99.99% of species go extinct. What is humanity’s future?
Mother Nature and the laws of physics have a death warrant out for humanity, says Michio Kaku. Can we escape it?
MICHIO KAKU: When I was a child, I, too, read Isaac Asimov's Foundation series, and it forced you to confront the question: Where will we be 50,000 years from now?
Now, remember, science fiction, when I was a kid, was just shoot 'em up cowboy movies in outer space. That's all it was. However, Isaac Asimov forced you to come to grips with the fact that we're going to be exhausting the known laws of physics pretty soon. We have a very good grasp of the electromagnetic, the strong, the weak forces, gravity, but beyond that lies the unified field theory; the theory that eluded Einstein for the last 30 years of his life, the theory that I work on professionally -- that's my day job; I work on something called string theory, which we think is the theory of everything, and this theory could dominate our destiny in the coming millennia. Now, this means, of course, starships. Already, NASA has something called the 100 Year Starship program, very ambitious, however, a lot of it's still theoretical. We don't know for sure what it would take to go to the stars. Stephen Hawking, my colleague, the late Stephen Hawking, talked about shooting computer chips, tiny computer chips boosted by laser beams to 20% the speed of light, capable of reaching Alpha Centauri in 20 years time. But then, of course, we want to go beyond that. One day, we're going to have fusion rockets, anti-matter rockets, rockets that can take us to the nearby stars, not just computer chips, but people. And then beyond that, who knows? Maybe our destiny really does lie in outer space.
Remember that on the earth, 99.9% of all species eventually go extinct. Extinction is the norm. We think of Mother Nature as being warm and cuddly, and for the most part, she is. But sometimes, the savagery of Mother Nature is revealed. And if you don't believe me, dig underneath your feet. Right under your feet, right now, are the bones, the bones of all the different organisms, of fossils, the 99.9% that were doomed by the laws of nature. And the laws of physics also doom the entire planet Earth. And that's why I say, given the fact that Mother Nature and the laws of physics have a death warrant for humanity, that ultimately our destiny will be in outer space.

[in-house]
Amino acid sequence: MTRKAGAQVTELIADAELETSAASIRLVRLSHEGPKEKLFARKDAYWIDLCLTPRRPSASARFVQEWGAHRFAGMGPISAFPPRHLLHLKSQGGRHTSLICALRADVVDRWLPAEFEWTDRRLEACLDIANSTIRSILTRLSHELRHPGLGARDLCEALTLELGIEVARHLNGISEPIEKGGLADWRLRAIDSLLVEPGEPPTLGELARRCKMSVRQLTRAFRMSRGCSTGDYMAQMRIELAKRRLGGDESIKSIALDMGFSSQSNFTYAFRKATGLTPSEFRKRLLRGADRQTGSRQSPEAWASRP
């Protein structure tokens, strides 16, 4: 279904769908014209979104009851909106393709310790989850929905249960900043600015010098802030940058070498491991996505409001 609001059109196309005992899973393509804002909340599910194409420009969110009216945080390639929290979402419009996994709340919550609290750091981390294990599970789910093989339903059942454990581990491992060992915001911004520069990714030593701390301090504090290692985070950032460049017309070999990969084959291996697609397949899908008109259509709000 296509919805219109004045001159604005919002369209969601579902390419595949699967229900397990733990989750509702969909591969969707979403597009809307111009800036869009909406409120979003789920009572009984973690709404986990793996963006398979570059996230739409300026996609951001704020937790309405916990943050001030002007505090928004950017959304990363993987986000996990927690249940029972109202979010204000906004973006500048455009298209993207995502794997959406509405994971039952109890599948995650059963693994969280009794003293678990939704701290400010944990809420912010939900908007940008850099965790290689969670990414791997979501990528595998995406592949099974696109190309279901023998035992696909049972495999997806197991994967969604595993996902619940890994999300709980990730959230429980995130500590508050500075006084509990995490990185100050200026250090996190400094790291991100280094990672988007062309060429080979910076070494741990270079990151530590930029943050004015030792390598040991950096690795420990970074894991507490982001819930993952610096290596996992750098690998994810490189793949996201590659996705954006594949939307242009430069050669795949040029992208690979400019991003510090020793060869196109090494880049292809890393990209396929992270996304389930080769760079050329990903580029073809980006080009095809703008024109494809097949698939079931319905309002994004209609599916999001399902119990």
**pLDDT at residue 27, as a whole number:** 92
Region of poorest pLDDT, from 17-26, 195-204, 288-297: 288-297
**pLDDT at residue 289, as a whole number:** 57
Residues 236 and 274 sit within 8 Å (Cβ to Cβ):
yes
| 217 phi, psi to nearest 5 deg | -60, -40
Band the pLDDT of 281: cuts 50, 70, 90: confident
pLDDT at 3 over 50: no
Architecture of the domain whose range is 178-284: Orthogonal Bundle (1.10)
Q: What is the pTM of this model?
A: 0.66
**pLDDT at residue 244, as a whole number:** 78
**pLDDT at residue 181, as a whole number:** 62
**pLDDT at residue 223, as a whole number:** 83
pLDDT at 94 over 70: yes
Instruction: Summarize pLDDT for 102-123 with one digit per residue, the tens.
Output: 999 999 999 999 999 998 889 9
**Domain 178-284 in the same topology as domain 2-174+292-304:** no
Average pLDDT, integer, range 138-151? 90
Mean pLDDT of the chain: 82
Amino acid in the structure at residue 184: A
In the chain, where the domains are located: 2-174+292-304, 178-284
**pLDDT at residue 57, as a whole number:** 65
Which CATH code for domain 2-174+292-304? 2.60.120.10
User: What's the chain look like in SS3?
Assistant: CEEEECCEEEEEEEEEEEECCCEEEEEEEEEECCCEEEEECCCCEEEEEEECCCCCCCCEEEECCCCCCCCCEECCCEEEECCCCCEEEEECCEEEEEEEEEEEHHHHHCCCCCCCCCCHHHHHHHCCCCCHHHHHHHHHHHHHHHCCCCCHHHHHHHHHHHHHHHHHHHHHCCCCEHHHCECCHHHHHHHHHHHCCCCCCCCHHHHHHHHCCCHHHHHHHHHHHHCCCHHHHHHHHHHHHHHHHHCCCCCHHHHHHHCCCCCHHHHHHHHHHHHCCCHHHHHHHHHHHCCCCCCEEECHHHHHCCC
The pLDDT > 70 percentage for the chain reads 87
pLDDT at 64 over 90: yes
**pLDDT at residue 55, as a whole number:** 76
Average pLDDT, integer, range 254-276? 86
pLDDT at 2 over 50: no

- The great science fiction writer Isaac Asimov put a terrifying question on humanity's radar: Where will we be 50,000 years from now?
- Humanity is close to exhausting the known laws of physics; it's the unknown – the unified theory of everything – that could dominate our destiny in the coming millennia. And that destiny is almost certainly tied to space travel. Why?
- "Extinction is the norm," says Michio Kaku, 99.99% of all species on Earth eventually go extinct. "Mother Nature and the laws of physics have a death warrant for humanity," says Kaku. "[U]ltimately our destiny will be in outer space."
Scientists make an important discovery for the future of computing.
- Researchers find a new state of matter called "topological superconductivity".
- The state can lead to important advancements in quantum computing.
- Utilizing special particles that emerge during this state can lead to error-free data storage and blazing calculation speed.
Erik Verlinde has been compared to Einstein for completely rethinking the nature of gravity.
- The Dutch physicist Erik Verlinde's hypothesis describes gravity as an "emergent" force not fundamental.
- The scientist thinks his ideas describe the universe better than existing models, without resorting to "dark matter".
- While some question his previous papers, Verlinde is reworking his ideas as a full-fledged theory.
As tempting as it may be to run away from emotionally-difficult situations, it's important we confront them head-on.
- Impossible-sounding things are possible in hospitals — however, there are times when we hit dead ends. In these moments, it's important to not run away, but to confront what's happening head-on.
- For a lot of us, one of the ways to give meaning to terrible moments is to see what you can learn from them.
- Sometimes certain information can "flood" us in ways that aren't helpful, and it's important to figure out what types of data you are able to take in — process — at certain times.